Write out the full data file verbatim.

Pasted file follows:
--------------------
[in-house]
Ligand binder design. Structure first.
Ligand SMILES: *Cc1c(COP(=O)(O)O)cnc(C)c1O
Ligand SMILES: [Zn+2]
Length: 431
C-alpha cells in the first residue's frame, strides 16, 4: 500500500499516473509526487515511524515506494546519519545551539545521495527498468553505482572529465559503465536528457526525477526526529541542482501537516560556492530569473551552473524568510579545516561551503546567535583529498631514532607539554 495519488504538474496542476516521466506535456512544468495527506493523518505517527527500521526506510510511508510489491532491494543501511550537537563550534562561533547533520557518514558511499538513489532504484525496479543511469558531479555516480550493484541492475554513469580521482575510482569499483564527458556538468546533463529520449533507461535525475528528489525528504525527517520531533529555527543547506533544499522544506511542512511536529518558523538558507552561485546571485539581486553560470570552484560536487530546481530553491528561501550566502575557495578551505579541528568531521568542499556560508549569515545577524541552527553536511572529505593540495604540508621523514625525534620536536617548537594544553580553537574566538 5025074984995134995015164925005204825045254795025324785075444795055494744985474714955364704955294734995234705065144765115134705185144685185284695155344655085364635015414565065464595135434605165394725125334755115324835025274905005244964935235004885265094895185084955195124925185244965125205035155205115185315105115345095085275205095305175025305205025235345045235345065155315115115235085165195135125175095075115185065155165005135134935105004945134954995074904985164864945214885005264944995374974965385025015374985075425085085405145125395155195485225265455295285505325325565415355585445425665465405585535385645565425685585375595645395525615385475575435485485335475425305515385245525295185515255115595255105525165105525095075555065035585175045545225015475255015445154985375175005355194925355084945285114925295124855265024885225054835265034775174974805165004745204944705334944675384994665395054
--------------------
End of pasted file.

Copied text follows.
[in-house]
Ligand binder design. Structure first.
Ligand SMILES: *Cc1c(COP(=O)(O)O)cnc(C)c1O
Ligand SMILES: [Zn+2]
Length: 431
C-alpha cells in the first residue's frame, strides 16, 4: 500500500499516473509526487515511524515506494546519519545551539545521495527498468553505482572529465559503465536528457526525477526526529541542482501537516560556492530569473551552473524568510579545516561551503546567535583529498631514532607539554 495519488504538474496542476516521466506535456512544468495527506493523518505517527527500521526506510510511508510489491532491494543501511550537537563550534562561533547533520557518514558511499538513489532504484525496479543511469558531479555516480550493484541492475554513469580521482575510482569499483564527458556538468546533463529520449533507461535525475528528489525528504525527517520531533529555527543547506533544499522544506511542512511536529518558523538558507552561485546571485539581486553560470570552484560536487530546481530553491528561501550566502575557495578551505579541528568531521568542499556560508549569515545577524541552527553536511572529505593540495604540508621523514625525534620536536617548537594544553580553537574566538 5025074984995134995015164925005204825045254795025324785075444795055494744985474714955364704955294734995234705065144765115134705185144685185284695155344655085364635015414565065464595135434605165394725125334755115324835025274905005244964935235004885265094895185084955195124925185244965125205035155205115185315105115345095085275205095305175025305205025235345045235345065155315115115235085165195135125175095075115185065155165005135134935105004945134954995074904985164864945214885005264944995374974965385025015374985075425085085405145125395155195485225265455295285505325325565415355585445425665465405585535385645565425685585375595645395525615385475575435485485335475425305515385245525295185515255115595255105525165105525095075555065035585175045545225015475255015445154985375175005355194925355084945285114925295124855265024885225054835265034775174974805165004745204944705334944675384994665395054